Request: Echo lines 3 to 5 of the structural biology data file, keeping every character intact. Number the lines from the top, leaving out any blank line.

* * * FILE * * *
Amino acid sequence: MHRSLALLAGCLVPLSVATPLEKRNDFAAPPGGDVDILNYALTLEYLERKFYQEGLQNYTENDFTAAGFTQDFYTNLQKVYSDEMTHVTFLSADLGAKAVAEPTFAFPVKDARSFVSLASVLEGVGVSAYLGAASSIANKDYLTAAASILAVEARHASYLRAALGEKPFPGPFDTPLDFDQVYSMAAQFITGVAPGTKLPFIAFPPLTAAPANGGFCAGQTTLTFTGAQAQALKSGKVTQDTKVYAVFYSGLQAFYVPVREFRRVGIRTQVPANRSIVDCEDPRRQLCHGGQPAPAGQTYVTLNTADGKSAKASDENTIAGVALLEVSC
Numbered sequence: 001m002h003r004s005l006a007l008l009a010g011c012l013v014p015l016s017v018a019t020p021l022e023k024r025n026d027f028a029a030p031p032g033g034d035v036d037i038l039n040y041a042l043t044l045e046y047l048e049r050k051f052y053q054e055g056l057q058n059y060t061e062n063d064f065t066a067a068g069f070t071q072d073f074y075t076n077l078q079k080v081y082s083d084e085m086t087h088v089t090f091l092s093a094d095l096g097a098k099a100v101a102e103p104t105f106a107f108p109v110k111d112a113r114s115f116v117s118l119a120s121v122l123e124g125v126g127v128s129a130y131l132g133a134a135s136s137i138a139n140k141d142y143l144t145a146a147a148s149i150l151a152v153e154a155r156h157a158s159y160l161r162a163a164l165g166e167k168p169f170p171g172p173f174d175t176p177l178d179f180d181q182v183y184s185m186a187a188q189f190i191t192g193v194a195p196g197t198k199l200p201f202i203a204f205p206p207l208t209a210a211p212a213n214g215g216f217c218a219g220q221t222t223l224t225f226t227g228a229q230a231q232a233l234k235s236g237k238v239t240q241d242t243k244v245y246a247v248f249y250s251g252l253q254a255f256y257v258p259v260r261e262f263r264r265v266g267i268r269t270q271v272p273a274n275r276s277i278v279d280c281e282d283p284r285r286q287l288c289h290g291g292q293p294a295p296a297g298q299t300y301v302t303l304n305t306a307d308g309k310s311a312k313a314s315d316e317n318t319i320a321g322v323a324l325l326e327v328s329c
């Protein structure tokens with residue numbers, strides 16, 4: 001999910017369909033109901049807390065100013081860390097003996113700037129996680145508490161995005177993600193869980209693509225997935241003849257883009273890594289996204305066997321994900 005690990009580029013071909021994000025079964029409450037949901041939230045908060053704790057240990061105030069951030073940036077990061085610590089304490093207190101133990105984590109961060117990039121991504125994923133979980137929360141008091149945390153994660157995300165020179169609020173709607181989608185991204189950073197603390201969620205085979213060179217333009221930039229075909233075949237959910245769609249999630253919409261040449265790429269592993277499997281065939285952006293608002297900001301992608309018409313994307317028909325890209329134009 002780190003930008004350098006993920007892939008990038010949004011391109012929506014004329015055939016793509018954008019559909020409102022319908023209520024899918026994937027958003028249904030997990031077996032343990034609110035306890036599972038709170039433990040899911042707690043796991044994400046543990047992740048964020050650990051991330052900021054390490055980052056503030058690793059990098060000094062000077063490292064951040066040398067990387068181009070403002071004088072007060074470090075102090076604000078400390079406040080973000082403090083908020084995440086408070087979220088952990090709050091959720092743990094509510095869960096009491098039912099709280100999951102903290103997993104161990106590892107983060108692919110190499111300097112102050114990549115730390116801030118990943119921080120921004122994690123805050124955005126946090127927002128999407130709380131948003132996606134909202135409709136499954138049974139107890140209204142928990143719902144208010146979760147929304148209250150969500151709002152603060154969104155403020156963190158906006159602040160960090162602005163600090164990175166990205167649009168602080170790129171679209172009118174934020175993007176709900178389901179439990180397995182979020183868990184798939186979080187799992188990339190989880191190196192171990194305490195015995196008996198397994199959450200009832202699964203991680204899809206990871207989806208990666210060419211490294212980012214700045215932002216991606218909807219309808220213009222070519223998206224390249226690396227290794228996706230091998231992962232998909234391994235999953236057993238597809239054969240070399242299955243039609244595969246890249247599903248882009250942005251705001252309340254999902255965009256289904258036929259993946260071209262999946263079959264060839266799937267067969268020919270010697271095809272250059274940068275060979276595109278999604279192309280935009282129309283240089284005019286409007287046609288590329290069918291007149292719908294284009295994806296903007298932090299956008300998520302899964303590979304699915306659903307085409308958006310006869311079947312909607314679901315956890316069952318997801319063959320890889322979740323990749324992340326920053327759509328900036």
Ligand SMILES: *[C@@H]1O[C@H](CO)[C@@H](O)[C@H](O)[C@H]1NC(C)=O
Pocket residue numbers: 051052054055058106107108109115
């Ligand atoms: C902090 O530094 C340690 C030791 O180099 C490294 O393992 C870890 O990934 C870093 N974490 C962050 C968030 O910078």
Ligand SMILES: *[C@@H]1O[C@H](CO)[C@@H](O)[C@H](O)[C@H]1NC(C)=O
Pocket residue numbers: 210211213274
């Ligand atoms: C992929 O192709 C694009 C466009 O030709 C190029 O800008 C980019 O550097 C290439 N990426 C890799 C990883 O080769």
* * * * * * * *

């Protein structure tokens with residue numbers, strides 16, 4: 001999910017369909033109901049807390065100013081860390097003996113700037129996680145508490161995005177993600193869980209693509225997935241003849257883009273890594289996204305066997321994900 005690990009580029013071909021994000025079964029409450037949901041939230045908060053704790057240990061105030069951030073940036077990061085610590089304490093207190101133990105984590109961060117990039121991504125994923133979980137929360141008091149945390153994660157995300165020179169609020173709607181989608185991204189950073197603390201969620205085979213060179217333009221930039229075909233075949237959910245769609249999630253919409261040449265790429269592993277499997281065939285952006293608002297900001301992608309018409313994307317028909325890209329134009 002780190003930008004350098006993920007892939008990038010949004011391109012929506014004329015055939016793509018954008019559909020409102022319908023209520024899918026994937027958003028249904030997990031077996032343990034609110035306890036599972038709170039433990040899911042707690043796991044994400046543990047992740048964020050650990051991330052900021054390490055980052056503030058690793059990098060000094062000077063490292064951040066040398067990387068181009070403002071004088072007060074470090075102090076604000078400390079406040080973000082403090083908020084995440086408070087979220088952990090709050091959720092743990094509510095869960096009491098039912099709280100999951102903290103997993104161990106590892107983060108692919110190499111300097112102050114990549115730390116801030118990943119921080120921004122994690123805050124955005126946090127927002128999407130709380131948003132996606134909202135409709136499954138049974139107890140209204142928990143719902144208010146979760147929304148209250150969500151709002152603060154969104155403020156963190158906006159602040160960090162602005163600090164990175166990205167649009168602080170790129171679209172009118174934020175993007176709900178389901179439990180397995182979020183868990184798939186979080187799992188990339190989880191190196192171990194305490195015995196008996198397994199959450200009832202699964203991680204899809206990871207989806208990666210060419211490294212980012214700045215932002216991606218909807219309808220213009222070519223998206224390249226690396227290794228996706230091998231992962232998909234391994235999953236057993238597809239054969240070399242299955243039609244595969246890249247599903248882009250942005251705001252309340254999902255965009256289904258036929259993946260071209262999946263079959264060839266799937267067969268020919270010697271095809272250059274940068275060979276595109278999604279192309280935009282129309283240089284005019286409007287046609288590329290069918291007149292719908294284009295994806296903007298932090299956008300998520302899964303590979304699915306659903307085409308958006310006869311079947312909607314679901315956890316069952318997801319063959320890889322979740323990749324992340326920053327759509328900036």
Ligand SMILES: *[C@@H]1O[C@H](CO)[C@@H](O)[C@H](O)[C@H]1NC(C)=O
Pocket residue numbers: 051052054055058106107108109115